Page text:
PubDate: 2019-09-01
       
  • From Green Revolution to Green Evolution: A Critique of the Political Myth
           of Averted Famine
    • Abstract: Abstract This paper critiques the so-called “Green Revolution” as a political myth of averted famine. A “political myth,” among other functions, reflects a narrative structure that characterizes understandings of causality between policy action and outcome. As such, the details of a particular political myth elevate certain policy options (and families of policy options) over others. One important narrative strand of the political myths of the Green Revolution is a story of averted famine: in the 1950s and 1960s, scientists predicted a global crisis to emerge in the 1970s and beyond, created by a rapidly growing global population that would cause global famine as food supplies would not keep up with demand. The narrative posits that an intense period of technological innovation in agricultural productivity led to increasing crop yields which led to more food being produced, and the predicted crisis thus being averted. The fact that the world did not experience a global famine in the 1970s is cited as evidence in support of the narrative. Political myths need not necessarily be supported by evidence, but to the extent that they shape understandings of cause and effect in policymaking, political myths which are not grounded in evidence risk misleading policymakers and the public. We argue a political myth of the Green Revolution focused on averted famine is not well grounded in evidence and thus has potential to mislead to the extent it guides thinking and action related to technological innovation. We recommend an alternative narrative: The Green Evolution, in which sustainable improvements in agricultural productivity did not necessarily avert a global famine, but nonetheless profoundly shaped the modern world. More broadly, we argue that one of the key functions of the practice of technology assessment is to critique and to help create the political myths that preserve an evidence-grounded basis for connecting the cause and effect of policy action and practical outcomes.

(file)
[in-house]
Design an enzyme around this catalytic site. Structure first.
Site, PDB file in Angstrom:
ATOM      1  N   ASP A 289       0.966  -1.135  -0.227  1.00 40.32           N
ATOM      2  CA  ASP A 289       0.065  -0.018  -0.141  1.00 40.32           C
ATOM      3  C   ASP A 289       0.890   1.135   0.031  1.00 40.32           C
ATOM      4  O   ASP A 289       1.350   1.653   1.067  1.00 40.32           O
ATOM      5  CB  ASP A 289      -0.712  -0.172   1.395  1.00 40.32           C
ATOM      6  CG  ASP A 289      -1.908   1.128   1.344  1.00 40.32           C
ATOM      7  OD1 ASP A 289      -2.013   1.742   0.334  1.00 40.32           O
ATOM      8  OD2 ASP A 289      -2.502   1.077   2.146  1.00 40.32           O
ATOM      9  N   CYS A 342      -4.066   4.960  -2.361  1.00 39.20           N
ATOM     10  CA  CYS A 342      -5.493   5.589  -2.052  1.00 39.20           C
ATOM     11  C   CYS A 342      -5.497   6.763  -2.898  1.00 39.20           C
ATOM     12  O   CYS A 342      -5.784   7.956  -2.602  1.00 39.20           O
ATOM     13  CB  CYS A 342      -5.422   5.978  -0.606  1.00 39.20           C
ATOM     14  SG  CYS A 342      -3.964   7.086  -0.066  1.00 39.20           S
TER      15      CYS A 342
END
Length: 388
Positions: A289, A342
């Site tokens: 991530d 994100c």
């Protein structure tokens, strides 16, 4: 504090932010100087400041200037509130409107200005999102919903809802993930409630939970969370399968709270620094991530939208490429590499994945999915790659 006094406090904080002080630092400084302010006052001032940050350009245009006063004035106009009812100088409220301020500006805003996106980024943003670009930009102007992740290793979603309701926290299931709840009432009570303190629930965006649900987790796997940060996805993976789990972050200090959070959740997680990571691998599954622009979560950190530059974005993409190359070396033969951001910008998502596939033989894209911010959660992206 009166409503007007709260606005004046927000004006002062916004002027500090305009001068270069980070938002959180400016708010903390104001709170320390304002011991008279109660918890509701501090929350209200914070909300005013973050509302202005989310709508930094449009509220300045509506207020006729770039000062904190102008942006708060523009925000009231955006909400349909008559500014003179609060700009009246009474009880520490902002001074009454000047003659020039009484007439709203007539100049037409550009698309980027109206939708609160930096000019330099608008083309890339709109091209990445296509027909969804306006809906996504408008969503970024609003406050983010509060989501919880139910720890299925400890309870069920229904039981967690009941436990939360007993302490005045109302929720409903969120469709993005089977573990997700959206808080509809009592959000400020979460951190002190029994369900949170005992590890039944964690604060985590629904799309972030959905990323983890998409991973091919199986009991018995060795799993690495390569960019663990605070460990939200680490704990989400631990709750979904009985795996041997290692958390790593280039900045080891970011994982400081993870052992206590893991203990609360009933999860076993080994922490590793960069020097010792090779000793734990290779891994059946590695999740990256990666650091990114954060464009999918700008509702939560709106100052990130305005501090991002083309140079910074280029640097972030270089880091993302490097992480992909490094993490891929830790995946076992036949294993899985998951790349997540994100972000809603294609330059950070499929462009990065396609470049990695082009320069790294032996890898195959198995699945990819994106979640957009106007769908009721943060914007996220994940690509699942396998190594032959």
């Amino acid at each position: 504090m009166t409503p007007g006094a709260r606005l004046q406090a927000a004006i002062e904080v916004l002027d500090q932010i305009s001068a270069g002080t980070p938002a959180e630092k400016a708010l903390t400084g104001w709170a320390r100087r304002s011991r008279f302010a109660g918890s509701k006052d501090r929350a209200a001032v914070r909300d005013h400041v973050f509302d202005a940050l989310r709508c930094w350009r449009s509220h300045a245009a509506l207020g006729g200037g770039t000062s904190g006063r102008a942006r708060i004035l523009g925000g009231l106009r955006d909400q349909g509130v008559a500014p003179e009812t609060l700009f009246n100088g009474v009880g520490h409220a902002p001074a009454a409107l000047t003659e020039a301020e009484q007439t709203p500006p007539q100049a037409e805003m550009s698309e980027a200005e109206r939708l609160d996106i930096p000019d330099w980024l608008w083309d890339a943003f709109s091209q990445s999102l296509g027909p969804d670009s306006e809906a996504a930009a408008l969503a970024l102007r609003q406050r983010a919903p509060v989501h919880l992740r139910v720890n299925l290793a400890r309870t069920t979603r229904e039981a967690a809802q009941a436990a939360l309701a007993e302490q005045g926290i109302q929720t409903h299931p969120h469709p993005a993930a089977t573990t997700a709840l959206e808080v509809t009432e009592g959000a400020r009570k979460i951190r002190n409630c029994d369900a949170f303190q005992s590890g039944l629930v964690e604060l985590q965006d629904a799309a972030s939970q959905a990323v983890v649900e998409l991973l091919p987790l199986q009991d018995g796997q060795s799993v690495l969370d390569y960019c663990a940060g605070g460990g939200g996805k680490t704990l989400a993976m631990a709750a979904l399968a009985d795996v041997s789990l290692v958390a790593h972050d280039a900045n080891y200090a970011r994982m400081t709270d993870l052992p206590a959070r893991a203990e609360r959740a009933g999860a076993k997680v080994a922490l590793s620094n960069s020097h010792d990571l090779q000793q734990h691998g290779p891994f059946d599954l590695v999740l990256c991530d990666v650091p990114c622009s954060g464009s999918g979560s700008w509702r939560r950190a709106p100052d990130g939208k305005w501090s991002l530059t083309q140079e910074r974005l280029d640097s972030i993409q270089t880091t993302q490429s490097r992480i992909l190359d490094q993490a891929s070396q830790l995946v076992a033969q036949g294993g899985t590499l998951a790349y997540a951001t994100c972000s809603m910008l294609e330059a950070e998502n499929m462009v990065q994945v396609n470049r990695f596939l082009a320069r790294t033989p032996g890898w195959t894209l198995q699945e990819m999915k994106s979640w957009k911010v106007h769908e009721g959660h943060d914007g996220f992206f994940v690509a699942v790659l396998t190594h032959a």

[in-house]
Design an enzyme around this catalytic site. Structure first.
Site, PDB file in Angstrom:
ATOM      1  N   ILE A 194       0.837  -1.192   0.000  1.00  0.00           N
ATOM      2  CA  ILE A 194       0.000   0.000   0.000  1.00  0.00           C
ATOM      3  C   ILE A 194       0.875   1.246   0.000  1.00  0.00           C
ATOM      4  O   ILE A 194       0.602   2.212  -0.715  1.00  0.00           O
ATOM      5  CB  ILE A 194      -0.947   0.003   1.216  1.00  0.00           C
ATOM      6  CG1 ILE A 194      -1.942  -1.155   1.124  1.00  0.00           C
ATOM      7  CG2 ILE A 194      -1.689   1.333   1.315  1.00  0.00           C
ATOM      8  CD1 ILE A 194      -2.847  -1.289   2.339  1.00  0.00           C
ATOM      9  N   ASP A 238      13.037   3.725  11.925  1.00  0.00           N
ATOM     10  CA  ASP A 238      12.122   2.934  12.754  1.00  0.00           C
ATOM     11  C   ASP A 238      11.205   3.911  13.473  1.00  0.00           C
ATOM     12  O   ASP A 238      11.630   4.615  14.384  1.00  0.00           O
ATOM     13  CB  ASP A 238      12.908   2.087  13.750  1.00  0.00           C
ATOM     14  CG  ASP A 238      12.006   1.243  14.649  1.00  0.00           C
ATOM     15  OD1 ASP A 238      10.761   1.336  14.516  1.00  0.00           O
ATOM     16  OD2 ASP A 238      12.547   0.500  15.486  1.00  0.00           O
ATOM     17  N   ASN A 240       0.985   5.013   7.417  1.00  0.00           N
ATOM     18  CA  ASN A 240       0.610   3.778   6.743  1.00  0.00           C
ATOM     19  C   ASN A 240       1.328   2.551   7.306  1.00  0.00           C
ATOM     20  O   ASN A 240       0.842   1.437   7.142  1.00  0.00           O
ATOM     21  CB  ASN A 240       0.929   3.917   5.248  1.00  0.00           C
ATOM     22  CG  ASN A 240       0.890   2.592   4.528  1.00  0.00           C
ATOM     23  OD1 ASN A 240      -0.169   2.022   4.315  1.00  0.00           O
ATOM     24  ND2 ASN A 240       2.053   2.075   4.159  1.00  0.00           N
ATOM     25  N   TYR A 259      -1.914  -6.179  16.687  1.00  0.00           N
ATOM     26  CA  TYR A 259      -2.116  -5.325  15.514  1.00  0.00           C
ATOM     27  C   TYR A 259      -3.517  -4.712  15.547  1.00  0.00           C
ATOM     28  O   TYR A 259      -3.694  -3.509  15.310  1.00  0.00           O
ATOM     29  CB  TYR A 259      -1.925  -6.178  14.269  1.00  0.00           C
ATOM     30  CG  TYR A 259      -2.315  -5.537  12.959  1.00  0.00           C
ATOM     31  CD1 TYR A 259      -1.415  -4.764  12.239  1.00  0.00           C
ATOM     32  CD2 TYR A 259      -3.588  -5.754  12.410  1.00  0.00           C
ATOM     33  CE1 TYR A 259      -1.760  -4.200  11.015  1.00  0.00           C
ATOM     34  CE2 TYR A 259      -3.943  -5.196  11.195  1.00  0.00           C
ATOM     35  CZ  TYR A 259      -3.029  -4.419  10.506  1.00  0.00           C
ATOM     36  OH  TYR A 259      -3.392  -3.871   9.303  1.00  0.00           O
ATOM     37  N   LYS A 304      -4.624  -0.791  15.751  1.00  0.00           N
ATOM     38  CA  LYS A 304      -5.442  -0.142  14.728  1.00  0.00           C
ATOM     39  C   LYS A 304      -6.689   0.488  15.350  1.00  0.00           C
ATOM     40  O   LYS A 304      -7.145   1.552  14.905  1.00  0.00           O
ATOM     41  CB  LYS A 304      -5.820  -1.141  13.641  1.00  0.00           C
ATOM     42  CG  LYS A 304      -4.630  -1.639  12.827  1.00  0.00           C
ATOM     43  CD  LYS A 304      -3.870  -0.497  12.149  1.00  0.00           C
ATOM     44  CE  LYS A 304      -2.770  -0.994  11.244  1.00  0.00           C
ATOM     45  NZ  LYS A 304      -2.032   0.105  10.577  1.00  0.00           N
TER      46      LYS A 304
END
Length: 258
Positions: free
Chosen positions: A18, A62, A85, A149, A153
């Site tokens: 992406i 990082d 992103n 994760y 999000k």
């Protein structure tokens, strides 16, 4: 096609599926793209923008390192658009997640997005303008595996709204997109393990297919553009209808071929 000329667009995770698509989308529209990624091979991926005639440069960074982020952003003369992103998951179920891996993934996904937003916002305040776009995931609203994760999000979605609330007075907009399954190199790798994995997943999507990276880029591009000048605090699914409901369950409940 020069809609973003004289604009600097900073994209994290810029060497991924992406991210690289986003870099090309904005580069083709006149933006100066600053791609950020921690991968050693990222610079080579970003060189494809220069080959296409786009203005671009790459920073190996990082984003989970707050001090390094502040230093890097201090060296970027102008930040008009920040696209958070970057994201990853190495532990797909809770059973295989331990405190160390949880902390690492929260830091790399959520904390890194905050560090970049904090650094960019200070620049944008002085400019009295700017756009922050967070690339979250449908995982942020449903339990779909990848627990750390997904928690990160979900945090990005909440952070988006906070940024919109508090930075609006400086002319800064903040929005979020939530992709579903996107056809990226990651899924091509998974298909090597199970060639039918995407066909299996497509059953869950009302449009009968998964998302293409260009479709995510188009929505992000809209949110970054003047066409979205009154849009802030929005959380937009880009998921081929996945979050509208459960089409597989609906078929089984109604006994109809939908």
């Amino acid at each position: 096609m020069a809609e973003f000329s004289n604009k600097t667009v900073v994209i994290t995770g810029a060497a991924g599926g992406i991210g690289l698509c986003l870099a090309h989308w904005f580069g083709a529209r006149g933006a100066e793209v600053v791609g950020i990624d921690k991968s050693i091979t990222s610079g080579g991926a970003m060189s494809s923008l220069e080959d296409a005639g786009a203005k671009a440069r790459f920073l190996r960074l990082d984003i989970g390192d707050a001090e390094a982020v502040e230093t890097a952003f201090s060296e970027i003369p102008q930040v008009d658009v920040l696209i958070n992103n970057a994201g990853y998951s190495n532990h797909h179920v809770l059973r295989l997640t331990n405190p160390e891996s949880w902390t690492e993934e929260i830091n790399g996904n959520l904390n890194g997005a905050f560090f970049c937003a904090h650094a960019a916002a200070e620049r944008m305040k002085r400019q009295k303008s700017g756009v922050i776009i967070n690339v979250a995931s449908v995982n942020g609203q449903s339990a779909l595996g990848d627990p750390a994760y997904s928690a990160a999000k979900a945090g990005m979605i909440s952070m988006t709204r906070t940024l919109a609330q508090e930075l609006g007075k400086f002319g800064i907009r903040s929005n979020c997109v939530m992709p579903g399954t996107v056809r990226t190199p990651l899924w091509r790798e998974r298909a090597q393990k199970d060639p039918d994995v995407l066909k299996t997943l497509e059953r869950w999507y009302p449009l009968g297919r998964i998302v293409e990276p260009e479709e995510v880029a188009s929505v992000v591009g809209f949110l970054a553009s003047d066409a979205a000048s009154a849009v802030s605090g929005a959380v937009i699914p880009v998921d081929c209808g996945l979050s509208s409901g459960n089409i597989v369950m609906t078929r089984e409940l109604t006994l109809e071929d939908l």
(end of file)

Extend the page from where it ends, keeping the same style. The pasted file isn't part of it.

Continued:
PubDate: 2019-09-01
       
  • The Ethics Ecosystem: Personal Ethics, Network Governance and Regulating
           Actors Governing the Use of Social Media Research Data
    • Abstract: Abstract This paper examines the consequences of a culture of “personal ethics” when using new methodologies, such as the use of social media (SM) sites as a source of data for research. Using SM research as an example, this paper explores the practices of a number of actors and researchers within the “Ethics Ecosystem” which as a network governs ethically responsible research behaviour. In the case of SM research, the ethical use of this data is currently in dispute, as even though it is seemingly publically available, concerns relating to privacy, vulnerability, potential harm and consent blur the lines of responsible ethical research behaviour. The findings point to the dominance of a personal, bottom-up, researcher-led, ‘ethical barometer’ for making decisions regarding the permissibility of using SM data. We show that the use of different barometers by different researchers can lead to wide disparities in ethical practice - disparities which are compounded by the lack of firm guidelines for responsible practice of SM research. This has widespread consequences on the development of shared norms and understandings at all levels, and by all actors within the Ethics Ecosystem, and risks inconsistencies in their approaches to ethical decision-making. This paper argues that this governance of ethical behaviour by individual researchers perpetuates a negative cycle of academic practice that is dependent on subjective judgements by researchers themselves, rather than governed by more formalised academic institutions such as the research ethics committee and funding council guidelines.
      PubDate: 2019-09-01
       
  • Academic Habitus and Institutional Change: Comparing Two Generations of
           German Scholars
    • Abstract: Abstract Since the 1980s scholars have been increasingly confronted with expectations to orient themselves toward societal and economic priorities. This normative demand for societal responsiveness is inscribed in discourses aimed at increasing the usefulness, competitiveness, and control of academia. New performance criteria, funding conditions, and organizational forms are central drivers of this debate – thereby, they change the conditions in which scholars conduct research and advance their careers. However, little is known so far about the impact these institutional changes have on the habitus of academics. This article analyzes how stable and consistent habitus formations among academics turn out to be in the course of institutional changes. We compare the habitus formations of two generations of German scholars before and after institutional changes gained pace in Germany. Three distinct habitus formations can be identified, which we refer to as “self-fulfilling,” “self-surpassing,” and “self-asserting.” These habitus formations hold across the two generations, but the lines between them become blurry in the new generation.
      PubDate: 2019-09-01
       
  • Co-existing Notions of Research Quality: A Framework to Study
           Context-specific Understandings of Good Research